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How Mario went from Peer Leader to Academic Advisor


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Mario Bahena stands in front of a tree
Mario Bahena, California State University, Los Angeles (C’21)

When PeerForward in College at California State University, Los Angeles began in 2020, Mario Bahena felt an instant connection to the program’s mission. “I really wanted to make sure no one struggled like I did.” As a Peer Leader, he inspired and guided first-year students through a successful transition to campus. Now, as an Academic Advisor for his alma mater, Mario is making a difference in the lives of Latinx first-generation college students.

Mario earned his B.A in Chicana(o) and Latina(o) Studies from California State University, Los Angeles in 2021. His degree holds cultural and historical significance; Cal State LA is a federally recognized Hispanic-Serving Institution (HSI), and is home to the nation’s first Chicano Studies Department. It was his studies that initially sparked his drive to be a positive influence academically. “I was debating whether I would become a professor or an advisor, but I had no background in counseling. That’s when I heard about PeerForward.”

Mario would serve as a Eagle Peer Leader (the Cal State LA mascot is the Golden Eagle) during his senior year and gain insight into his potential career prospect, “with Peer Leaders, students are more open to just talking about their day. They’re teaching you that repoire is really important to establishing those connections to your students.” Along with establishing a repoire, he learned the delicate yet delightful balance necessary to be an effective advisor. “Being a Peer Leader was so fun, you really are the bridge between mentorship, professionalism, and being there for that student,” Mario beamed.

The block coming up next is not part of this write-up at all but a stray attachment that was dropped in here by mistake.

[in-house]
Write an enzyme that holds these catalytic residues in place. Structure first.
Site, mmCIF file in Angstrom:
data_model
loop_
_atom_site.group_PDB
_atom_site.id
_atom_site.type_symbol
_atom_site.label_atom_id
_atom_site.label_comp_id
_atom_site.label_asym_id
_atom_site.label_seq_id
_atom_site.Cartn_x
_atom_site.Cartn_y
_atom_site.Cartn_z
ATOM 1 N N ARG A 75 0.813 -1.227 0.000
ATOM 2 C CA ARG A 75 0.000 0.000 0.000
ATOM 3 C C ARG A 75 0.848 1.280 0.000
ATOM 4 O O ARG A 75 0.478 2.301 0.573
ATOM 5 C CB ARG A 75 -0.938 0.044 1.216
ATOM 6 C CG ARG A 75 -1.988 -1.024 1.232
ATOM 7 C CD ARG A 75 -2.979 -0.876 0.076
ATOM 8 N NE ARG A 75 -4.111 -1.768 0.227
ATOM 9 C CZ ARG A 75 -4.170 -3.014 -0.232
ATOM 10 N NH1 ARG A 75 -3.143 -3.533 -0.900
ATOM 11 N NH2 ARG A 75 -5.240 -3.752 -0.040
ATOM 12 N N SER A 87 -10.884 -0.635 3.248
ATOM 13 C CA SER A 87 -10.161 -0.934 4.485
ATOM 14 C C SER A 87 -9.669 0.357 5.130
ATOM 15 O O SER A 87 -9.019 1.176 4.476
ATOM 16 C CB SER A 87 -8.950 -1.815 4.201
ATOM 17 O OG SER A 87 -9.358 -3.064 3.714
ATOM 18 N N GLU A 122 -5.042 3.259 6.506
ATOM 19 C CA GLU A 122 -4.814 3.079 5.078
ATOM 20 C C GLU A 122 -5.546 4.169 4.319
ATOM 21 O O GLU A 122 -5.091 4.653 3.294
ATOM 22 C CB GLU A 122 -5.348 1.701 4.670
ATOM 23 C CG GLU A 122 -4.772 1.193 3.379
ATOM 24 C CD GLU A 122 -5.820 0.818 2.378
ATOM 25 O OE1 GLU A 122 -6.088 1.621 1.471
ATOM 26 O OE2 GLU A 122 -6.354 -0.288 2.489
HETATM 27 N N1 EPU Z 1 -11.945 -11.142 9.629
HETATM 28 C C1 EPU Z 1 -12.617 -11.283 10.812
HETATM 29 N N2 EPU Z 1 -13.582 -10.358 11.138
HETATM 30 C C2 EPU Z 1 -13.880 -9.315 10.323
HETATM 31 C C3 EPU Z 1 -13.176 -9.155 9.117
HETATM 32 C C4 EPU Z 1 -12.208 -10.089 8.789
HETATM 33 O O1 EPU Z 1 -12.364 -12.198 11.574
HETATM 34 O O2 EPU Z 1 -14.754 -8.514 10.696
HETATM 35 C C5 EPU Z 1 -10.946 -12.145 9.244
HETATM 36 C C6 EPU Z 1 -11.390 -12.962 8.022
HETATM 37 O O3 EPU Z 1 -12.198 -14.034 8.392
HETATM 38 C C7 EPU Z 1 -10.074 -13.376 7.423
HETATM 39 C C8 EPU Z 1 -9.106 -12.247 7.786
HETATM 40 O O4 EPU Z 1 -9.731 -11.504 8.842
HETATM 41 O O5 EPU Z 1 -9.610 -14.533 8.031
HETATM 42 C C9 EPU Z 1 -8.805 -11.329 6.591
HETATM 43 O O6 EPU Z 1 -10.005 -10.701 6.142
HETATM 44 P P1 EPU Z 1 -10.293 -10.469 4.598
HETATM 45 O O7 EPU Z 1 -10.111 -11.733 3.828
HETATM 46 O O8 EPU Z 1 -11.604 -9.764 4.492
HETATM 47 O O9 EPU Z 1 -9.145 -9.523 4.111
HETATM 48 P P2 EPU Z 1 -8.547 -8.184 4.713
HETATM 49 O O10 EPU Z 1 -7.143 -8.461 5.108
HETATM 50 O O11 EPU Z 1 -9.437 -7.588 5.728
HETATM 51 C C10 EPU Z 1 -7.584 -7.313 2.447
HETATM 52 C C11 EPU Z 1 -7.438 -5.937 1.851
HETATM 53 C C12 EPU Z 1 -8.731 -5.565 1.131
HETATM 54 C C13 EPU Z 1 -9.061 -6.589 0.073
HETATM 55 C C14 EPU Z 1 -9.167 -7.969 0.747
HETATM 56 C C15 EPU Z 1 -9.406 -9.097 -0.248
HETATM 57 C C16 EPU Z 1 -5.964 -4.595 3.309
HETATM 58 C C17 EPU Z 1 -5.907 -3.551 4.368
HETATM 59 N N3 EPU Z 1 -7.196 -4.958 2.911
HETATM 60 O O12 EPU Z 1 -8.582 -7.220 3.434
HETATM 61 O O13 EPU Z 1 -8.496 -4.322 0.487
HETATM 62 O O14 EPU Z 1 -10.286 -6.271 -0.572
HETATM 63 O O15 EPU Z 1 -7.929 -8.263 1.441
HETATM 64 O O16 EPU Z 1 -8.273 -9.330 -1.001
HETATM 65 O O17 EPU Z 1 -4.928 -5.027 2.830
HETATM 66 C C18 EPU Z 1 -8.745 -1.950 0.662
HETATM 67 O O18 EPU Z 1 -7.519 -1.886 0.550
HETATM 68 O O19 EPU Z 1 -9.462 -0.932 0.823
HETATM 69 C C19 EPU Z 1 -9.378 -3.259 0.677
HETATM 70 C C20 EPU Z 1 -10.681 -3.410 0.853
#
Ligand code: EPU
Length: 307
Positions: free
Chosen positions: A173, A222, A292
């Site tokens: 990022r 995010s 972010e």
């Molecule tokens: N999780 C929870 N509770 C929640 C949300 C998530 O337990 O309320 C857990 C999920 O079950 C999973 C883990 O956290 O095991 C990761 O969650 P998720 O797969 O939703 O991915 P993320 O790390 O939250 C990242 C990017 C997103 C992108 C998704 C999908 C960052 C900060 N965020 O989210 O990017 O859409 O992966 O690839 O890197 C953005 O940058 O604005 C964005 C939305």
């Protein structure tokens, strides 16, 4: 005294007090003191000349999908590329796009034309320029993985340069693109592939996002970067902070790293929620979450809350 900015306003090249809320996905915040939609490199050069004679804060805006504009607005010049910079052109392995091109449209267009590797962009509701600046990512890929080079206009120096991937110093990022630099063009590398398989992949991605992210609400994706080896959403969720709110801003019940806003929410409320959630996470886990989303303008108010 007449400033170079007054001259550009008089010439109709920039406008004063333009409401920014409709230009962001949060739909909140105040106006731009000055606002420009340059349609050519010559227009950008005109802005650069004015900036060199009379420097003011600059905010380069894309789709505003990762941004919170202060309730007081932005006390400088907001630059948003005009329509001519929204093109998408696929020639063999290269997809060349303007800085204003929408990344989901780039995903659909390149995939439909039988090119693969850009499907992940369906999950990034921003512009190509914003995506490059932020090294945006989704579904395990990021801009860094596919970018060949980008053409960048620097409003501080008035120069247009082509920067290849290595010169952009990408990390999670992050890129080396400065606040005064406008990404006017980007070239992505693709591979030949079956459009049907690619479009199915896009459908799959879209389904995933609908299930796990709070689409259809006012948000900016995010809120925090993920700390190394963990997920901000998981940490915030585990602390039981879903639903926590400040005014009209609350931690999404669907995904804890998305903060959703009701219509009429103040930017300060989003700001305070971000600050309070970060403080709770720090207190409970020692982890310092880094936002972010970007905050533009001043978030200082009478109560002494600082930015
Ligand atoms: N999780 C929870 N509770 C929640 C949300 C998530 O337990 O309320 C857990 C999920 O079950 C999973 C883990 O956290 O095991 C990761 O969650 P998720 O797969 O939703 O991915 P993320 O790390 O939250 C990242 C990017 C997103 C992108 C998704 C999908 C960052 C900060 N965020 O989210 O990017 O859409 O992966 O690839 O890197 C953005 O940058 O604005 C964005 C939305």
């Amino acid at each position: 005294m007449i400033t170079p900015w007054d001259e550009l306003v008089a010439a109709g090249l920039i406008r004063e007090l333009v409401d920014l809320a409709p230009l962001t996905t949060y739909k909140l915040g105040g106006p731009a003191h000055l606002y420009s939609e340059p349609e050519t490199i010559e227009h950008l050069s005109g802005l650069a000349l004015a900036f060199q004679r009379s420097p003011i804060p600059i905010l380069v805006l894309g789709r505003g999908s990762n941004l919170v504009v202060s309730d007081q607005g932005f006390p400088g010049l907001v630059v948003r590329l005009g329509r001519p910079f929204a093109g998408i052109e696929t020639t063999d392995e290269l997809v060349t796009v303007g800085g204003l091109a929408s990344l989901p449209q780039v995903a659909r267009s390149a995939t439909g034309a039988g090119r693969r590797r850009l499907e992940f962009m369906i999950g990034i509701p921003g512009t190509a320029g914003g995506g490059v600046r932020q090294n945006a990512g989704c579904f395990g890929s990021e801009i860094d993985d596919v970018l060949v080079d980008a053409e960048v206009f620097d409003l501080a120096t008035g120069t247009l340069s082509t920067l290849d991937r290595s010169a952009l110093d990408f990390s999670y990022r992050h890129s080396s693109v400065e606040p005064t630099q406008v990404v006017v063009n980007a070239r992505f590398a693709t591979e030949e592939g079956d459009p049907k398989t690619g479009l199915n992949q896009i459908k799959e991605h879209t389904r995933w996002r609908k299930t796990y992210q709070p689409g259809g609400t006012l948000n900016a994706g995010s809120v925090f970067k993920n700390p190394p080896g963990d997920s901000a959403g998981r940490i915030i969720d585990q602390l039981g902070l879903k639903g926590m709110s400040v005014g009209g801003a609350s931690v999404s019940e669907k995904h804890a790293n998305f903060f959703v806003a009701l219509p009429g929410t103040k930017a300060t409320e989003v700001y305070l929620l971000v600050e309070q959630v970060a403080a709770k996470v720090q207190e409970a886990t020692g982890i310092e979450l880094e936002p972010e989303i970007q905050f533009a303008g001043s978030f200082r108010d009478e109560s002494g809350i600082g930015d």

He recognized how his own journey as a man of color could inspire others to persist towards their degree. After his year with PeerForward in College at Cal State LA, Mario felt certain about how he could utilize his education, experience, and talent to make a difference in his community. He joined the University Academic Advising Center (UAAC) at Cal State LA as an Academic Advisor. “Now that I graduated, I’m now an Academic Advisor at the UAAC (University Academic Advising Center). A lot of the tools that Peer Leadership taught me, I use there – they’re all like a steppingstone into going into a career like that.”

Among all U.S. college students, the share of Latinos increased from 14% in 2010 to 19% in 2021. Providing holistic, culturally-competent support services to Latinx students will require advisor who are skilled at building an authentic connection and making campus resources easily accessible. “A lot of us aren’t really shown the right resources while on campus. I really think that creating change withn the institution is something that needs to be done and I think that starts with more people of color who represent the student population,” Mario stated.

As PeerForward welcomed a new cohort of Peer Leaders at our recent training, Mario offered a reminder of why it’s important to support students through finding success, “just knowing that you helped someone out so they didn’t have to struggle is the joy of it.”


Watch Mario’s advice for Peer Leaders: